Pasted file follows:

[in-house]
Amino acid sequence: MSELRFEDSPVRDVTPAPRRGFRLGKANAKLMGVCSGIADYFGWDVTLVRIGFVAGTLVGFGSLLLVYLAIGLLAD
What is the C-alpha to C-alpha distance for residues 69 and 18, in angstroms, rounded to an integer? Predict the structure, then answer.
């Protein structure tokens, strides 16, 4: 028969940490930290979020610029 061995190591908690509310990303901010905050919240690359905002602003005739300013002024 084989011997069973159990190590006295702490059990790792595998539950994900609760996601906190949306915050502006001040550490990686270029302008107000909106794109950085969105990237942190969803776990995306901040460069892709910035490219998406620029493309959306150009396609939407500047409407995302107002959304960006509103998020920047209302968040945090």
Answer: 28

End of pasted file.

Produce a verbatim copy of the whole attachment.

[in-house]
Amino acid sequence: MSELRFEDSPVRDVTPAPRRGFRLGKANAKLMGVCSGIADYFGWDVTLVRIGFVAGTLVGFGSLLLVYLAIGLLAD
What is the C-alpha to C-alpha distance for residues 69 and 18, in angstroms, rounded to an integer? Predict the structure, then answer.
């Protein structure tokens, strides 16, 4: 028969940490930290979020610029 061995190591908690509310990303901010905050919240690359905002602003005739300013002024 084989011997069973159990190590006295702490059990790792595998539950994900609760996601906190949306915050502006001040550490990686270029302008107000909106794109950085969105990237942190969803776990995306901040460069892709910035490219998406620029493309959306150009396609939407500047409407995302107002959304960006509103998020920047209302968040945090």
Answer: 28